This initiating force can be a push or a pull and could be from a winch or a wedge, my preference is the good old fashioned wedge as I want everything precisely in my control and literally in my hands. If there is the slightest doubt as to the way it may go, you MUST have an escape route or better still 2. These must be clear paths that you can move along at warp speed without climbing, jumping or squeezing through gaps, because if that tree snaps off it's hinge, you have no control what so ever, gravity and wind now have it 100% and that escape route can be the difference between life and death! no doubt about it! So take some time to cut a track if needs be.

The beaver takes a slightly different approach to felling than we do, it works all the way around the tree until the remaining central wood fibers no longer support the weight of the trunk and gravity takes over, we need to be a bit more predictable and controlled than that.

Now this a blog post not 'war and peace' so I'm going to keep this brief and issue the warning that my comments should not be regarded as guidance or authoritative, just an account of my experiences which may or may not be useful or relevant. As most of the non routine felling jobs are unique in so many ways, the best preparation is a detailed risk assessment and then an assessment of any and all possible scenarios. In the case of a dangerous tree with a lot of rot and / or is hollow, you could easily spend more time in the assessment phase than in the the felling itself, this is where I start:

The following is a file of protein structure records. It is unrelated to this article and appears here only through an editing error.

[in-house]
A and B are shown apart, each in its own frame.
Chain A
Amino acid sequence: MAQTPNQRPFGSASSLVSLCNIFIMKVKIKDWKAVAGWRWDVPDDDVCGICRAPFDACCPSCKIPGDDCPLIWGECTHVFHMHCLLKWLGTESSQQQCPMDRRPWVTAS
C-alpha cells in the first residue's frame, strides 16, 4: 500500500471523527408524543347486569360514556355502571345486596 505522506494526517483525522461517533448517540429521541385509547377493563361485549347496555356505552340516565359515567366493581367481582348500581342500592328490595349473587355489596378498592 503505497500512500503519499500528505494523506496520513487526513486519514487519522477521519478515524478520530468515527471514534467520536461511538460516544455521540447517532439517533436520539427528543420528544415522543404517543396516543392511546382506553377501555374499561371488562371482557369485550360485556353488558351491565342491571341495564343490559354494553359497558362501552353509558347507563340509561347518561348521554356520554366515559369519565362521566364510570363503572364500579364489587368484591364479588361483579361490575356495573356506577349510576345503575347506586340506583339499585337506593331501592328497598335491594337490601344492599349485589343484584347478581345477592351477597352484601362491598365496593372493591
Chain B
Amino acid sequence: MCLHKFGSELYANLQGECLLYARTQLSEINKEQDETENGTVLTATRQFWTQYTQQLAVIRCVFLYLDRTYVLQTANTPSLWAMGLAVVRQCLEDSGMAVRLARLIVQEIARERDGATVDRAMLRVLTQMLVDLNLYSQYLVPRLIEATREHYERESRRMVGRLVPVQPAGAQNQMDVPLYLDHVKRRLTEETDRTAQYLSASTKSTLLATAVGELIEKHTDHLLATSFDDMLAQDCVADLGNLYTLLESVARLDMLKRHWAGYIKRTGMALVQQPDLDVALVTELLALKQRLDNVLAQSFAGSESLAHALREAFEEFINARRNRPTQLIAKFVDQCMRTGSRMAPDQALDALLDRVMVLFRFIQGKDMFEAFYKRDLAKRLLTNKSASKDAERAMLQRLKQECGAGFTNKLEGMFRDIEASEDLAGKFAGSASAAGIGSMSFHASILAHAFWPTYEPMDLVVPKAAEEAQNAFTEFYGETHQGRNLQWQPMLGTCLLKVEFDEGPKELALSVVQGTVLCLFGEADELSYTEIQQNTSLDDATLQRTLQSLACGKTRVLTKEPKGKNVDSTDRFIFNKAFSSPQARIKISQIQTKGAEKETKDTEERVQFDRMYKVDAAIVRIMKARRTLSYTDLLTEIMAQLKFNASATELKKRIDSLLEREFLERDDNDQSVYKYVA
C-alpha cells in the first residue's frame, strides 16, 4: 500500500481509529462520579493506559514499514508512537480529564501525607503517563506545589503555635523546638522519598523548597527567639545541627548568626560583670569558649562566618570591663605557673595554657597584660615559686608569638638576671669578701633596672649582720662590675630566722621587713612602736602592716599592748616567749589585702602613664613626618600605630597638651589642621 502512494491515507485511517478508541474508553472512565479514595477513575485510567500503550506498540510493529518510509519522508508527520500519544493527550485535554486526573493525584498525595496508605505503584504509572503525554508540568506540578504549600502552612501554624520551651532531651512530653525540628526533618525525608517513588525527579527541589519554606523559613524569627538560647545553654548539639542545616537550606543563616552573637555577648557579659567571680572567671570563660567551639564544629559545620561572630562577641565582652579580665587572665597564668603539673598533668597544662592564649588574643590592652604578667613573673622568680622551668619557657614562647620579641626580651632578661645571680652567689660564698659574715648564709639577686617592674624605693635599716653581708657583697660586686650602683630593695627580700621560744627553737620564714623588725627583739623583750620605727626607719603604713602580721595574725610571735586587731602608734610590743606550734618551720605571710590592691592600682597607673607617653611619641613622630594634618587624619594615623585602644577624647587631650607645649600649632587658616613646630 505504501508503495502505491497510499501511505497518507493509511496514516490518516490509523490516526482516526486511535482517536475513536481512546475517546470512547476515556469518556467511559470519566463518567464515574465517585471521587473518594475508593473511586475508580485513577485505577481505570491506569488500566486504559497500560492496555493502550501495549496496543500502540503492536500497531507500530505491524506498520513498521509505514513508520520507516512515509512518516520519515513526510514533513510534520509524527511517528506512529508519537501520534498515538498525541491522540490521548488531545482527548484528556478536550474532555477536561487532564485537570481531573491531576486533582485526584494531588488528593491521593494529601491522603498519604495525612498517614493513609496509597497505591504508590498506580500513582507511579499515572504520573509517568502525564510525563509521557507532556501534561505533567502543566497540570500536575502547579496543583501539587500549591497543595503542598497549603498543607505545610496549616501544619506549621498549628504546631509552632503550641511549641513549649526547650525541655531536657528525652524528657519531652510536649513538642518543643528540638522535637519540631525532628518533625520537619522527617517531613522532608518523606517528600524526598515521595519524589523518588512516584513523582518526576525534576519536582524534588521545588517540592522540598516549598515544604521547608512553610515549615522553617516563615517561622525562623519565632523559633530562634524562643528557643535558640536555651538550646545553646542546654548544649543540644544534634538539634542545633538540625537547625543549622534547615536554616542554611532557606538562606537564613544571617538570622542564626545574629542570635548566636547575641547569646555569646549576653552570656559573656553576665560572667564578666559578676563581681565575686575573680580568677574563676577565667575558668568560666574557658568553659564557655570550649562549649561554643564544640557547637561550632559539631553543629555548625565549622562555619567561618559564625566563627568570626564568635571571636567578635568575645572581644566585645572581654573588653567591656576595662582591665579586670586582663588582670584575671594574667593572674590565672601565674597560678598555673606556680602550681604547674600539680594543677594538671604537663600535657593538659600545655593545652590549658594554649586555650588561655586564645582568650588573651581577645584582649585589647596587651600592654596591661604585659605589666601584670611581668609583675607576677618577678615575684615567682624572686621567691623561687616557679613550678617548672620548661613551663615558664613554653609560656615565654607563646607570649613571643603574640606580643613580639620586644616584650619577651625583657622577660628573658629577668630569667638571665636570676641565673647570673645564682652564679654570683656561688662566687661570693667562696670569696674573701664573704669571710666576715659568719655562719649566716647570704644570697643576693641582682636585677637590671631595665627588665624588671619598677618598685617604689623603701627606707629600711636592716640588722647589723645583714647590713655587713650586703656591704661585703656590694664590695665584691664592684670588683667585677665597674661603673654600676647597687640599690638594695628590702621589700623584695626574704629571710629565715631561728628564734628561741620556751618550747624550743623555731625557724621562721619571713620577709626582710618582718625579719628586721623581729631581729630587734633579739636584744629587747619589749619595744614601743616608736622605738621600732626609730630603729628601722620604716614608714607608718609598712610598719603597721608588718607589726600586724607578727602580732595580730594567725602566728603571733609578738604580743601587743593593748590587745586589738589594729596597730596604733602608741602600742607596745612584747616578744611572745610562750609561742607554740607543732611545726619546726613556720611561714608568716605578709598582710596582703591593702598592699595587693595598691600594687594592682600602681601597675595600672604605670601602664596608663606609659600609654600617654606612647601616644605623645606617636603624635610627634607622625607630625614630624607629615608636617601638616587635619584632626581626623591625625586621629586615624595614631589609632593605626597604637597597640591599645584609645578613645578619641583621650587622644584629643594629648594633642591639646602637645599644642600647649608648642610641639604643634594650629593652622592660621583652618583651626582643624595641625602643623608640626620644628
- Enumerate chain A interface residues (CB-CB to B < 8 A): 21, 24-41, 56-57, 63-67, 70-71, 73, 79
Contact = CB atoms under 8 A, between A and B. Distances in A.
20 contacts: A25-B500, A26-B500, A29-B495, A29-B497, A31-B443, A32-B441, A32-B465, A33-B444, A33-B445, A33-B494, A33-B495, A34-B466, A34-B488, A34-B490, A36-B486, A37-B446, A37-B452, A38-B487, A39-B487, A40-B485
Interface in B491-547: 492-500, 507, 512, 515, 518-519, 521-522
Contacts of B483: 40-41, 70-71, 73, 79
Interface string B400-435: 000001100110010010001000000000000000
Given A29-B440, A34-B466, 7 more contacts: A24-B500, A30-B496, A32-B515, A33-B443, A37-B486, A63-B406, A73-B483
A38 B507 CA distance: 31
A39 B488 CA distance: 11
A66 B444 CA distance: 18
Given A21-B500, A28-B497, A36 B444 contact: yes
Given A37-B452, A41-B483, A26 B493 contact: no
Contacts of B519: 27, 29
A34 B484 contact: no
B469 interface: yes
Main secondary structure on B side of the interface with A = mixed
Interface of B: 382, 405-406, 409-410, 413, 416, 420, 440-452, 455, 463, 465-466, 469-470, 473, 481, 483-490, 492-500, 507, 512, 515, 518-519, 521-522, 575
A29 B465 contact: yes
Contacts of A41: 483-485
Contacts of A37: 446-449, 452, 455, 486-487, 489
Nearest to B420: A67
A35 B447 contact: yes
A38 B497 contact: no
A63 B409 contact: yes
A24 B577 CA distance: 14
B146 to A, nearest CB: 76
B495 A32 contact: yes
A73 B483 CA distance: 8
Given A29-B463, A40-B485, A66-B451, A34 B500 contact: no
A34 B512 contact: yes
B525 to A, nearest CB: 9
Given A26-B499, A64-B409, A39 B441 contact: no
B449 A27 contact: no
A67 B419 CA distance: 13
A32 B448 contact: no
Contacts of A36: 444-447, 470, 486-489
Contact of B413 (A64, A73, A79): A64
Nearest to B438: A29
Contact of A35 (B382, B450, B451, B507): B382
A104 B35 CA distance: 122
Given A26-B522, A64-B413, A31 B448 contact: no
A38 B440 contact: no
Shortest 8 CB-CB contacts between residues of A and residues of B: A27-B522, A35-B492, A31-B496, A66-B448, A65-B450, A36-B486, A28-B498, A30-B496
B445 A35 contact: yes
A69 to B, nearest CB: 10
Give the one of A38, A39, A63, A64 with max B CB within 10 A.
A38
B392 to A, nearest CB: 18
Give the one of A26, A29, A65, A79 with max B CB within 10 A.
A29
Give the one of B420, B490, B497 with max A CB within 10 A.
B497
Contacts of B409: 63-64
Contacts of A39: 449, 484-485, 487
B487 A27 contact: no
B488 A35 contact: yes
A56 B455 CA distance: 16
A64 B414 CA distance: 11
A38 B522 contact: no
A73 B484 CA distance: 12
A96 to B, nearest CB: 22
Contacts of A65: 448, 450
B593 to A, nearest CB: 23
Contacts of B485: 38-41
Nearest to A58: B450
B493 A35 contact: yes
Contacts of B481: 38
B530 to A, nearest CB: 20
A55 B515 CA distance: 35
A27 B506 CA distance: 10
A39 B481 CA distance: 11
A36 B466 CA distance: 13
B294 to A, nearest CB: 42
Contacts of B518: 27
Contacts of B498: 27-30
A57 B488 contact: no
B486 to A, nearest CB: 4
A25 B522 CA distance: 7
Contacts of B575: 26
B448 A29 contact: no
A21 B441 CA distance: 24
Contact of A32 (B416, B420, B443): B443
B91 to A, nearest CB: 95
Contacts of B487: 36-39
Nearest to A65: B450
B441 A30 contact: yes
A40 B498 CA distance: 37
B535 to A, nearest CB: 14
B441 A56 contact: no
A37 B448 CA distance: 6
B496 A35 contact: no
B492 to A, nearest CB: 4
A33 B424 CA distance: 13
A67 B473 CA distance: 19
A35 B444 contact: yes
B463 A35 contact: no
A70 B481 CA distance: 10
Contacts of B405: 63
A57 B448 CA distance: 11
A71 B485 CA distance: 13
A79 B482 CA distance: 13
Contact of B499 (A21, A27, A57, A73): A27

• What have you got to cut? I.e how big or bad is it
  • Where is it now? Relevant to tracks, structures or trees that you want to preserve.
  • Where do you want it to be when it drops? Ground position.
  • Where is the worst possible place for it to go?
  • Is the size, damage or weight distribution heavily influencing where it's going?
  • Is there enough good wood to form a hinge?
  • Are there any 'hang-ups' or significant fragile parts which could detach and drop during the fall or at any point in the felling process?
  • Is this going to need a rope assist?
  • Is the wood solid enough to take a wedge with any effect?
  • Etc, etc, etc.......

Don't let that tree go anywhere that your head hasn't been already!



That old carpentry analogy "measure twice cut once" isn't enough, you may need to measure, assess and plan a lot more times than twice and it's worth it, you need to give it to gravity on your terms and not let gravity take it from you on his, that will always end badly!

It's possible to drop a tree all the way to the ground still attached to its hinge but often not, the butt may rise dramatically in the later stages of the fall, it may also back up or swing either way, dependent on which piece of the falling tree hits the ground first.

I hope that this paints a scary picture, it's meant to. In coming months we will try to capture some of the felling in Riddy Wood as we take down some dangerous and badly neglected trees and post them on the website, watch this space and that one and that one, because the tree could arrive in any of them if it goes badly.
Take care in the woods!